Why are mRNA vaccines effective against severe coronavirus infection?

A team of US researchers has explored the success of the new mRNA vaccine technology used by Pfizer and Moderna to make vaccines against Covid.

The vaccines have undoubtedly been the most effective Covid vaccines developed to date. In clinical trials, both were more than 90 percent effective in preventing symptomatic infection.

Even with the Delta and Omicron variants, the vaccines remain quite effective in preventing hospitalization and death.

In the study, researchers from the Washington University School of Medicine in St. Louis and St. Jude Children’s Research Hospital that the Pfizer vaccine vigorously and sustainably activates a kind of helper-immune cell that helps antibody-producing cells create large amounts of increasingly powerful antibodies, and also drives the development of a form of immune memory.

These cells, known as T-follicular helper cells, last for up to six months after vaccination, helping the body extract better and better antibodies. Once the helper cells fall, long-lived antibody-producing cells and memory B cells help provide protection against serious illness and death, the researchers said.

Furthermore, many of the T-follicular helper cells are activated by a portion of the virus that does not appear to detect mutations, even in the highly mutated Omicron variant.

The results, published in the journal Cell, help explain why the Pfizer vaccine elicits such high levels of neutralizing antibodies, suggesting that vaccination may help many people continue to produce potent antibodies even if the virus changes.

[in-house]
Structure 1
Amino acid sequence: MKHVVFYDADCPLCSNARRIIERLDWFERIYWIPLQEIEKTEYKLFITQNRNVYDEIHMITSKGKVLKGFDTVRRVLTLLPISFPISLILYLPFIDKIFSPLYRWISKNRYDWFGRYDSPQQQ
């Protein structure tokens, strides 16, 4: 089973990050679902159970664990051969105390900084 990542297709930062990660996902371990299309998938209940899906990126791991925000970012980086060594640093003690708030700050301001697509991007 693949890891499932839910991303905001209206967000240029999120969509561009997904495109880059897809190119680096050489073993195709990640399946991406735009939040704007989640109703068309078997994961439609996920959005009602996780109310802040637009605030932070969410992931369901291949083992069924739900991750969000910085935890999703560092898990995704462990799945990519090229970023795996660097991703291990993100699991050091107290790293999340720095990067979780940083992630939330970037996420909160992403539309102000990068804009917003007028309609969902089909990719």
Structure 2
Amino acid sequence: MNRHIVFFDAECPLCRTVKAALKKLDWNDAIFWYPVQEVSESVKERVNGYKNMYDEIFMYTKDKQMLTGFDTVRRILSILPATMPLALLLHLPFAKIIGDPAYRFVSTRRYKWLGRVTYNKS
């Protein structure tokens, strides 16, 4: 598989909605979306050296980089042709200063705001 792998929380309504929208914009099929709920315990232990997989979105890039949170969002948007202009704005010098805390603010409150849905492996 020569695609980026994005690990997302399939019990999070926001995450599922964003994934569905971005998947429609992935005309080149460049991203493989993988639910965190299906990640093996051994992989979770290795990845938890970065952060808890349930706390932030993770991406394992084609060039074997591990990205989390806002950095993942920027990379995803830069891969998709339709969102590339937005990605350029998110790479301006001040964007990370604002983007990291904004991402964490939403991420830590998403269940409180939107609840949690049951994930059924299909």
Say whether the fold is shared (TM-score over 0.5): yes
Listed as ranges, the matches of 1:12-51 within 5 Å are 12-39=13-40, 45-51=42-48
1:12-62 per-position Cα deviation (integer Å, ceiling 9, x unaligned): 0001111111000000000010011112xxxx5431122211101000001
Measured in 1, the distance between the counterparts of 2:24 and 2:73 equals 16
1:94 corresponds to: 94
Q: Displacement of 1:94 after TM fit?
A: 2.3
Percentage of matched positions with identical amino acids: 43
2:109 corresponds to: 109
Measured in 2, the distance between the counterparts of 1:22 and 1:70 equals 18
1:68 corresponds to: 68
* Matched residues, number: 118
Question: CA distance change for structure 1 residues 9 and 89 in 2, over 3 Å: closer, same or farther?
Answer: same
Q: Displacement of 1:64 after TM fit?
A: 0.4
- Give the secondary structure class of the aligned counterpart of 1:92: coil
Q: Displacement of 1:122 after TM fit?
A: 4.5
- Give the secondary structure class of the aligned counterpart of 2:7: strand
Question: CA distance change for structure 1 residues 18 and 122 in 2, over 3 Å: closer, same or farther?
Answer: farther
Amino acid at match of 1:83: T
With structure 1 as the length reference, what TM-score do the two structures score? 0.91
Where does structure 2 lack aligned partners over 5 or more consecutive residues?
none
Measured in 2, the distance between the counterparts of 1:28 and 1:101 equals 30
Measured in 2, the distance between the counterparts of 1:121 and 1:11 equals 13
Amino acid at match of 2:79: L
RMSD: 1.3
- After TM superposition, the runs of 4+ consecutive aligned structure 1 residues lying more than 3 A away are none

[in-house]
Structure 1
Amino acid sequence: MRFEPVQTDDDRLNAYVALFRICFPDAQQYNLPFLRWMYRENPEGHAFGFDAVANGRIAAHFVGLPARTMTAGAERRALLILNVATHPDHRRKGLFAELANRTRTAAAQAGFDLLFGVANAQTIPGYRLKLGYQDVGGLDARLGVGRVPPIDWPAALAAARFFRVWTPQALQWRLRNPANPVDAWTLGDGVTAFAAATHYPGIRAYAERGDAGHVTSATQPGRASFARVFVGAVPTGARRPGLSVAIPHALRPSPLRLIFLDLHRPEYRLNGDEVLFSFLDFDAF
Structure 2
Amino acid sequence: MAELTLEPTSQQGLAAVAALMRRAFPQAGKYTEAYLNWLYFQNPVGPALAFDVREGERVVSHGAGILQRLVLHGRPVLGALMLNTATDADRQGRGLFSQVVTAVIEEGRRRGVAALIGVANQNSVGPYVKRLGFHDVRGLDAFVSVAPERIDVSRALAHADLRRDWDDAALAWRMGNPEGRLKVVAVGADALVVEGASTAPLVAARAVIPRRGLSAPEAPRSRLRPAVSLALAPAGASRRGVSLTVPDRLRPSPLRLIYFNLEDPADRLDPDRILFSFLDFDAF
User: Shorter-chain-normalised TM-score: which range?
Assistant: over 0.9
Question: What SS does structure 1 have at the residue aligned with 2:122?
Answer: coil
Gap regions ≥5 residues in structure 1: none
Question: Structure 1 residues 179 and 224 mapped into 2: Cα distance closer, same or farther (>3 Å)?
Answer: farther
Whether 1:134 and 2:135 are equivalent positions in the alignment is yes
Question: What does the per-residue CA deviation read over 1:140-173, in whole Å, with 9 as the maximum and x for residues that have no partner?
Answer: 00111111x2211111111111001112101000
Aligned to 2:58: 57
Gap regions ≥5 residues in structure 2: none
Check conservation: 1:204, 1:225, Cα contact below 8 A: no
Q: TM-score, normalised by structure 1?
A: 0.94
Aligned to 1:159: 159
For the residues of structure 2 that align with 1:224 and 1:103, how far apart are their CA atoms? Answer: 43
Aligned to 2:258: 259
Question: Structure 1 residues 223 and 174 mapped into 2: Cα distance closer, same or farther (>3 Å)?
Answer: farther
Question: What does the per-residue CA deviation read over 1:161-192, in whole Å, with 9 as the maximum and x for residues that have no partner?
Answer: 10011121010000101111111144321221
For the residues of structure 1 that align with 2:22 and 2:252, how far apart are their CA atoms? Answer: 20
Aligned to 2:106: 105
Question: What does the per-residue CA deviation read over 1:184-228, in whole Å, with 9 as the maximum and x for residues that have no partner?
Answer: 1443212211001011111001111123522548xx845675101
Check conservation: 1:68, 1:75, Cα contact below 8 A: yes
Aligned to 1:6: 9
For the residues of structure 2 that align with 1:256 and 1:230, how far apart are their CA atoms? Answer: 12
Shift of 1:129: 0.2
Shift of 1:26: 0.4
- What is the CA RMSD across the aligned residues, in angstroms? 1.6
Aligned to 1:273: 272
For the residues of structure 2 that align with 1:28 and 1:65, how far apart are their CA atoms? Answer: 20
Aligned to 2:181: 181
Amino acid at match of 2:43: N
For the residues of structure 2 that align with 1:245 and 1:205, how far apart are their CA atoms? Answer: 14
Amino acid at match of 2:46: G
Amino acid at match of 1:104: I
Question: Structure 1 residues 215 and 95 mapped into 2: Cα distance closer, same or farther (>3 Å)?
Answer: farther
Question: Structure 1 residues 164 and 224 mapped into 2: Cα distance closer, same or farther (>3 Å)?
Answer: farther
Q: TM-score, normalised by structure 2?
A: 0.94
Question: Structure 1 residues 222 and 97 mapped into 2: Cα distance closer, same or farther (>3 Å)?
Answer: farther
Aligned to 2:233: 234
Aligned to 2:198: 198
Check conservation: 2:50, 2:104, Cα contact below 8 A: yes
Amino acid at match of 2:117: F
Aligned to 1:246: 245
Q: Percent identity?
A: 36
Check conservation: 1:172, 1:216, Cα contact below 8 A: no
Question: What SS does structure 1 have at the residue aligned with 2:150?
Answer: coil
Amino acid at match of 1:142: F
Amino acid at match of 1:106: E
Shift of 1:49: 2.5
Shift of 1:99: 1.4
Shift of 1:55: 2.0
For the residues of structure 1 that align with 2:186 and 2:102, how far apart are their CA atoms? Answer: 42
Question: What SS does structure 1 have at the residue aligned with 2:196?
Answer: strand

“The longer the T-follicular helper cells provide help, the better the antibodies, and the more likely you are to have a good memory response,” said Philip Mudd, assistant professor of emergency medicine at Washington University.

“In this study, we found that these T-follicular helper cell responses just keep going and going. And what’s more, some of them respond to a portion of the virus’ peak protein, which has very little variation in it.

“With the variants, especially Delta and now Omicron, we have seen some breakthrough infections, but the vaccines have held up very nicely in terms of preventing serious illness and death. I think this strong T-follicle helper response is part of the reason why The mRNA vaccines continue to be so protective, “Mudd said.

In the study, the team aimed to understand the role of T-follicular helper cells in producing such a strong germinal center response.

The researchers recruited 15 volunteers, each receiving two doses of the Pfizer vaccine three weeks apart. The volunteers underwent a procedure to extract germinal centers from their lymph nodes 21 days after the first dose, just before the second dose; then on days 28, 35, 60, 110 and 200 after the initial dose.

None of the volunteers had been infected with SARS-CoV-2 at the start of the study. The researchers obtained T-follicular helper cells from the lymph nodes and analyzed them.

Researchers are now studying what happens after a booster dose and whether changes in T-follicular helper cells can explain why people with compromised immune systems, such as those with HIV infection, do not get a strong antibody response.


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(Only the headline and image of this report may have been reworked by Business Standard employees; the rest of the content is automatically generated from a syndicated feed.)

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